Ok, so a ‘muggle’ is probably not the term used for people who don’t watch ‘Dr. Who’, but since I don’t watch ‘Dr. Who’ I’m not privy to the ‘Dr. Who’ lingo. But Harry Potter I know. So there you go.
On Jenn and my’s last European excursion before the navigator turned back Stateside, we journeyed to Cardiff, Wales. Which, I’m told, is where a lot of filming for, you guessed it, ‘Dr. Who’ takes place. And as Jenn loves the Doctor, and I’ve always wanted to go to Wales, we hopped aboard a train and made it happen for a short weekend trip. As most of you know, whenever Jenn and I go somewhere, we average 8-12 miles of walking a day. This trip was a bit of an aberration, however, as my daily average for Cardiff was probably a measly .5 miles. Jenn, of course, still kept up the same pace as normal, but my body decided to tell me that it wanted some genuine R & R; none of that ‘go on a trip and literally wear a hole in your shoes’ business. So when I lost my voice (an event my grandma used to tell me other people would celebrate. I think she was trying to tell me that I talk too much. Which I don’t understand, really, because ever since I was little I’ve…oh wait. I get it now.) from what felt like swallowing glass or uncooked pasta because I was too lazy to cook, I decided to lay lower than normal and mix in a little READING FOR FUN! with my exploration. I haven’t been able to crack open a good novel in over a year, so I went for the light reading that normal people typically choose to lift their spirits: the first 800 page book in the ‘Game of Thrones’/’Song of Fire and Ice’/George R. R. Martin’s quest of breaking as many readers’ hearts as possible. (Um, excellent book, though. I’m a big fan of the TV series, but this is a whole other level of, as my flatmate would say, schmazingness.)
When I wasn’t holed up in a coffee shop reading, I was off exploring this young European capital. And as we combed our way from the city center to Cardiff Bay I realized-this was the most modern city that I had been in in over a year. Sure, there’s still Cardiff Castle which is hundreds of years old, but the architecture scattered throughout the majority of the city is shockingly contemporary. It also is randomly the home to one of the largest Impressionist art collections outside Paris. (Bet ya didn’t see that lil’ factoid comin’! But it’s true, and the collection at the National Museum is quite impressive.) I’ve always considered myself a person of mixed architectural tastes, loving both towering skyscrapers and ancient buildings that were erected before Wyoming was even a twinkle in the American eye. But as we walked around Cardiff, it just didn’t feel like Europe to me. It was absolutely beautiful, and I loved every minute of it, but it was too new for me to really fall in love with. Which I didn’t really see coming, but whoop! there it is.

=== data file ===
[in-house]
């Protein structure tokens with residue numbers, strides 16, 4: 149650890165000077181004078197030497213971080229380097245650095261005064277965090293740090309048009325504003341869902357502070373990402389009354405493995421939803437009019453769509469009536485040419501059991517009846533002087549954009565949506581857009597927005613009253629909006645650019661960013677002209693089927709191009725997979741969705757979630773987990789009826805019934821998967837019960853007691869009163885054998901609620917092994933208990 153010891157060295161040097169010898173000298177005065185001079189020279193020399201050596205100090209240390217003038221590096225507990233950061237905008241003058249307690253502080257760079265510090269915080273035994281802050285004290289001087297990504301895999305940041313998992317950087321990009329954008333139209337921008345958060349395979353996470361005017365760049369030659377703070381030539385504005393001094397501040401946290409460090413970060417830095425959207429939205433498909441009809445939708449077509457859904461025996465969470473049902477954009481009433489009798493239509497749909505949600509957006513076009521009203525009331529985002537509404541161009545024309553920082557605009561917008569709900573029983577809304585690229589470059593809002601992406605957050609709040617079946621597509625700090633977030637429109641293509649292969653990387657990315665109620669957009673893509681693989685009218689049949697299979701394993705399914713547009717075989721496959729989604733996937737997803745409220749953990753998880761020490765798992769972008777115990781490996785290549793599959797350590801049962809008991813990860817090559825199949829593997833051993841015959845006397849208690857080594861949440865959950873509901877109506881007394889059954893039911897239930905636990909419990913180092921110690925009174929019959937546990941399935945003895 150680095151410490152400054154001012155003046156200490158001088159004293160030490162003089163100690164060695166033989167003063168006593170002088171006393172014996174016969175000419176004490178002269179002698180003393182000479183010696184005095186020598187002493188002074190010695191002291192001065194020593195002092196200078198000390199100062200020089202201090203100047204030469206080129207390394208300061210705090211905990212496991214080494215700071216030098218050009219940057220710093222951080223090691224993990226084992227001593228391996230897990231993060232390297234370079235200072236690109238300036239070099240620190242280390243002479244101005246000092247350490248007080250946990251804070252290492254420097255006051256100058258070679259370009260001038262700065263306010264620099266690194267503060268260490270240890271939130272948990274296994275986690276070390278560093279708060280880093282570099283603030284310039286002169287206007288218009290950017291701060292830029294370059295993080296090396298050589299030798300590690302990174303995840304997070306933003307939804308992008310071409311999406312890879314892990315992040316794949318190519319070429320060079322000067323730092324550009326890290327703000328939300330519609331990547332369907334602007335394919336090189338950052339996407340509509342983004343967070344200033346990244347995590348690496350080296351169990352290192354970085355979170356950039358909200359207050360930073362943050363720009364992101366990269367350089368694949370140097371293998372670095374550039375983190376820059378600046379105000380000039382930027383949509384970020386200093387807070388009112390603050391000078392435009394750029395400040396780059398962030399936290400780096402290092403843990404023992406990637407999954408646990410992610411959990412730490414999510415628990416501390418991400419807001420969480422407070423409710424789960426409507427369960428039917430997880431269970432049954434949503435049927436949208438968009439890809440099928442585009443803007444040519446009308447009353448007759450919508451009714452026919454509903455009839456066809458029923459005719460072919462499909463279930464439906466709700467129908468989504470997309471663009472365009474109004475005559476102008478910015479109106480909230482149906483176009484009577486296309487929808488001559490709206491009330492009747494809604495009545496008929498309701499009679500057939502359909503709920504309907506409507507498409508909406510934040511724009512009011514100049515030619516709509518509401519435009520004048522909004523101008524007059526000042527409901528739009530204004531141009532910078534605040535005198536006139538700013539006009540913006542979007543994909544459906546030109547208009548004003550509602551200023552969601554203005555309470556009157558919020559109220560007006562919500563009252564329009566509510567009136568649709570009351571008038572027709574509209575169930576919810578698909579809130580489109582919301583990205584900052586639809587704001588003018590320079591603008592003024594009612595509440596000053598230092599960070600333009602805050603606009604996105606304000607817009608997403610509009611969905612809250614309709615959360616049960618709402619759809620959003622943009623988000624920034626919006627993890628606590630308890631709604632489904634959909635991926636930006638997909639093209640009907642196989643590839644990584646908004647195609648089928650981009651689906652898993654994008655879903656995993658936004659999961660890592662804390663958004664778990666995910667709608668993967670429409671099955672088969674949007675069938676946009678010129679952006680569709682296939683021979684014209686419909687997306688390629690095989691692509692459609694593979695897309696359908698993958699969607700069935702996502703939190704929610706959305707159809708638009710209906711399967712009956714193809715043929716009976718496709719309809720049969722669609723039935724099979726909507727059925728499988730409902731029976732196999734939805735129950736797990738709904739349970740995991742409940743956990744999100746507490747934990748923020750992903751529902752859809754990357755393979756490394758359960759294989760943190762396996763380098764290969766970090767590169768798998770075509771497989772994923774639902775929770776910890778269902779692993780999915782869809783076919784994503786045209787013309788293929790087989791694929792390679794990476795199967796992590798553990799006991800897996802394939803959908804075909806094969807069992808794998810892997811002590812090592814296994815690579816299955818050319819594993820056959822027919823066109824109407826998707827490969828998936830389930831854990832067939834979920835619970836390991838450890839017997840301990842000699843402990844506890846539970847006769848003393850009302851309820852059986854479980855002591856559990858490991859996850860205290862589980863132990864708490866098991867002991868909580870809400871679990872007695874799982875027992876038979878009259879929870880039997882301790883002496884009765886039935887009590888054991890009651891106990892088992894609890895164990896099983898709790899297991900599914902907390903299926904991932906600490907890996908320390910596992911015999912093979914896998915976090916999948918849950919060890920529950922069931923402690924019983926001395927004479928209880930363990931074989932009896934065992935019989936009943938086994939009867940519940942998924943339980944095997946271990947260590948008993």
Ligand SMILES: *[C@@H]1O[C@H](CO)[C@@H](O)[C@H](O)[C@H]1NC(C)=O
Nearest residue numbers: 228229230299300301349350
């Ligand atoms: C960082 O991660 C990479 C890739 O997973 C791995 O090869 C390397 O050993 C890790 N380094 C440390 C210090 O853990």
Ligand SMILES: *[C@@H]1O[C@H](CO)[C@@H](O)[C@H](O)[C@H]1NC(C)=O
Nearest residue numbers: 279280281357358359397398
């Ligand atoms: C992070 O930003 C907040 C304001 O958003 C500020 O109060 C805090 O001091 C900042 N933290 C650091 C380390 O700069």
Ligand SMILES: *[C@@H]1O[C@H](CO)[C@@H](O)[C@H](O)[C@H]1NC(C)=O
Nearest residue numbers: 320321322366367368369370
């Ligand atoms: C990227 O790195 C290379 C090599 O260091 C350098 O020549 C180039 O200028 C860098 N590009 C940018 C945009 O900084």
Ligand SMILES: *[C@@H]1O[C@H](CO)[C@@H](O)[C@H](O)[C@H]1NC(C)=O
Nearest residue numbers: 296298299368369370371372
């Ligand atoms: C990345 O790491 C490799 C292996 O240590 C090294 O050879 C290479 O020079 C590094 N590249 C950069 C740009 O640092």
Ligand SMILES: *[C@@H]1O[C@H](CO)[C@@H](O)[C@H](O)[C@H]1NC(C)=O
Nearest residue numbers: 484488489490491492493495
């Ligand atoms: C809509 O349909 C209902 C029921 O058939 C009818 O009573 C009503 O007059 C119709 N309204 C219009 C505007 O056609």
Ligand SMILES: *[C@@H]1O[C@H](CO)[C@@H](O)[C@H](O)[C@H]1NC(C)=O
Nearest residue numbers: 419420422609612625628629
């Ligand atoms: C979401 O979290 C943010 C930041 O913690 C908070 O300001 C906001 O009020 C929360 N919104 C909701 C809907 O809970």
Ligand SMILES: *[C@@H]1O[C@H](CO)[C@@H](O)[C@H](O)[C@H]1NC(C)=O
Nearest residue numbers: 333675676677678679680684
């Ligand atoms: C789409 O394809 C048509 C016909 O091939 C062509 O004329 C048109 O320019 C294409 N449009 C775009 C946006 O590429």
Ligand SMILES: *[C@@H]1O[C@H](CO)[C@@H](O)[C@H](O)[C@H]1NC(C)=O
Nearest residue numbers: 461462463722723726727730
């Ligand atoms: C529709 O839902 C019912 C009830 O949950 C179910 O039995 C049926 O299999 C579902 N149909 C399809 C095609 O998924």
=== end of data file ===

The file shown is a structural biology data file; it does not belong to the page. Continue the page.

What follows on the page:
I suppose you can’t fall in love with every single travel destination, for fear you’d experience a broken heart every time you were forced to say goodbye and return to the real world. Maybe this also allows you to continue to keep your treasured favorites, instead of having them intertwine with all of the other supposed beloveds in the background of your mind. And this way, when you leave a little part of your soul in each of these sacred spaces that encapsulate your love life instead of other humans, you can be pleased with the fact that you are still able to have favorites. So while the memories of Cardiff are of the pleasing variety, they won’t make me catch me breath and smile involuntarily whenever I find myself aimlessly reminiscing like my other boyfriends do.